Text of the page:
Girls go to college to get more knowledge… but also just to grow up. Hopefully, you’ll learn just as many life lessons in your four years of college as you will facts from your textbooks. To guide you, Her Campus has a checklist of everything you should know how to do before graduation day.
1. Defend yourself. Take a self-defense class, invest in mace, and channel Sandra Bullock in Miss Congeniality (Sulley from Monsters, Inc. works, too). You never know when you’ll need to get yourself out of a tough situation. Check out Girls Fight Back, which provides information, encouragement, and an online directory for self-defense programs near you.
2. Iron your clothes. Wrinkles should be associated with wisdom and dried fruit, not your clothes. Sport them incorrectly and you’ll look like the sloppiest Jane in any professional setting.
3. Keep a clean online presence. The world has (reluctantly) forgiven you for your embarrassing, neon-flashing Xanga account from seventh grade, but you’re older and wiser now. Natalie Hage, a 2012 Ohio State graduate who is now a medical student at the University of Toledo, says being appropriate on the web is just as important for grad school admissions as it is for finding employment. As a start, Natalie suggests to “look at how strict others in the office or program keep their image clean for examples, and go from there.” At the very least, know how to manipulate your social media privacy settings and how to restrain yourself from littering your friends’ Facebook walls and Twitter feeds with poop jokes and comments like “teehee!”
4. Have company over. Sure, you were nice enough to let your friends crash at your place a few times in college. But if you’re doing any real party throwing or guest hosting, make sure to replace your Solo cups with nice glasses, your futon with a real bed, and that beer pong table with a more legitimate method of entertainment.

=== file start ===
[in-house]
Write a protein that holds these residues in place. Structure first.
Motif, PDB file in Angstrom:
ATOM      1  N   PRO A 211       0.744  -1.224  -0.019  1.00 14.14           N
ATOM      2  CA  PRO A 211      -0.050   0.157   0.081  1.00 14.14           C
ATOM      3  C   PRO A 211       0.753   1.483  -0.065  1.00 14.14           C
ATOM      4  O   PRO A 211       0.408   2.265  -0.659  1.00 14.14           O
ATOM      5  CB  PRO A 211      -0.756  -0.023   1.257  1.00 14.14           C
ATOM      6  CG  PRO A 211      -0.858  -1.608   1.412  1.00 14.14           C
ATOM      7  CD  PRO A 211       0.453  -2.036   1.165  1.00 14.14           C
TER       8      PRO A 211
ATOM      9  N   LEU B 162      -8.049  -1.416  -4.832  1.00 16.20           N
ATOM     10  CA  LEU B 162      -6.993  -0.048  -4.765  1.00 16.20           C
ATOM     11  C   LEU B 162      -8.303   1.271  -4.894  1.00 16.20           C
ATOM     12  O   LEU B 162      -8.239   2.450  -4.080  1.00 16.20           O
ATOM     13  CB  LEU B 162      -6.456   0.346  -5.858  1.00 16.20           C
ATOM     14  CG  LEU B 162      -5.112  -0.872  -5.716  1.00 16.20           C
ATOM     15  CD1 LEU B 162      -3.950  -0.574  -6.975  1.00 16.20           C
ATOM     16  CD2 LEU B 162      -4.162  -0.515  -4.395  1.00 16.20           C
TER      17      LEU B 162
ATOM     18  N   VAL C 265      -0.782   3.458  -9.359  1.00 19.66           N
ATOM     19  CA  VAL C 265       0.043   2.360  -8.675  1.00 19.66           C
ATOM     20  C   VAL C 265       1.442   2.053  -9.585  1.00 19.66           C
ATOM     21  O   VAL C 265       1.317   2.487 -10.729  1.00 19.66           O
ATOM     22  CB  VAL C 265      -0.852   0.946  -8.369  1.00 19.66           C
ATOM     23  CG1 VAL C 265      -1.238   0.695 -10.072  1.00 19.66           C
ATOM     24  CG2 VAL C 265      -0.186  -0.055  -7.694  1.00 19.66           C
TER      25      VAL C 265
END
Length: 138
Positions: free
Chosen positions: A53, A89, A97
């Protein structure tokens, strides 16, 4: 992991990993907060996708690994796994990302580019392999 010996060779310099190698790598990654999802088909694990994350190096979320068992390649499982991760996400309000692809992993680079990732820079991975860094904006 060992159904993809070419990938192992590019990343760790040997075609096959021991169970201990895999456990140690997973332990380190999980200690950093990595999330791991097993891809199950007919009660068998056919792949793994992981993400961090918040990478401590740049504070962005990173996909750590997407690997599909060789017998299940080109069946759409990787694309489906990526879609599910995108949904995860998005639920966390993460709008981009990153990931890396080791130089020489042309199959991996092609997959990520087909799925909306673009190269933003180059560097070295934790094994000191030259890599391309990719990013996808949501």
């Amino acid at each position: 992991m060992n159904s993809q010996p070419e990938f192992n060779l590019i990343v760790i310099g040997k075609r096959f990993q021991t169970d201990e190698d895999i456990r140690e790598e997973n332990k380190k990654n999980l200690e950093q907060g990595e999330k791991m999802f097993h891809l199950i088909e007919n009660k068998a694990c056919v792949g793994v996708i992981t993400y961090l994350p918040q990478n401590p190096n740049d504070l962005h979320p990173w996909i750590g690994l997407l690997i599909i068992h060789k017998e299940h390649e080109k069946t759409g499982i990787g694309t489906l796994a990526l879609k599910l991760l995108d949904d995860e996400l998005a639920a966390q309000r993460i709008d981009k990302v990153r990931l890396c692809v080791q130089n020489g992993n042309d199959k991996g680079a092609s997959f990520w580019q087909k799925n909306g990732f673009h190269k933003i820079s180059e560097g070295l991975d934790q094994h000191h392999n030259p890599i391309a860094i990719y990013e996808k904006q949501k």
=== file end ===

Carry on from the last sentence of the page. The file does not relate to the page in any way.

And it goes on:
5. Make yourself a meal that doesn’t involve Ramen, fast food, or takeout. In college, we cut you some slack. Now that you’re a real adult, treat yourself to something that doesn’t come from a pizza box. Bon Appétit Magazine has some easy recipes to get you started.
6. Negotiate effectively with your parents. House rules may still apply when you’re at home, but your parents shouldn’t be ruling your life altogether. That said, you should be able to establish your independence from them in a polite way, i.e., “I appreciate your years-long insistence that beets are healthy and delicious, Mommy, but regarding the latter adjective, I respectfully disagree.”
7. Negotiate effectively with your employer. You should be able to discuss deadlines, hours, and salaries without crying, quitting, or throwing up a “talk to the hand.” That may have looked cool in 1999, but now you’d just get fired.
8. Write a (quality) thank you note. Even if you find etiquette silly and you enjoy petty means of rebelliousness, suck it up and learn to write an articulate, personalized thank you note. It’s simply a kind thing to do and it will reflect well on your own character, in both personal and professional situations.
9. Be honest with your doctor. As cute as it was when 15-year-old you acted utterly confused as to how you contracted mono, there’s no use in being bashful or deceptive when it comes to your health. Ask questions, voice concerns, and have trust and confidence in your doctor.
10. Introduce yourself professionally. Be prepared to do so via email, on the phone, or with a firm handshake, because a subtle nod and a “sup, brah” won’t work quite as well in the office as it did in your freshman dorm.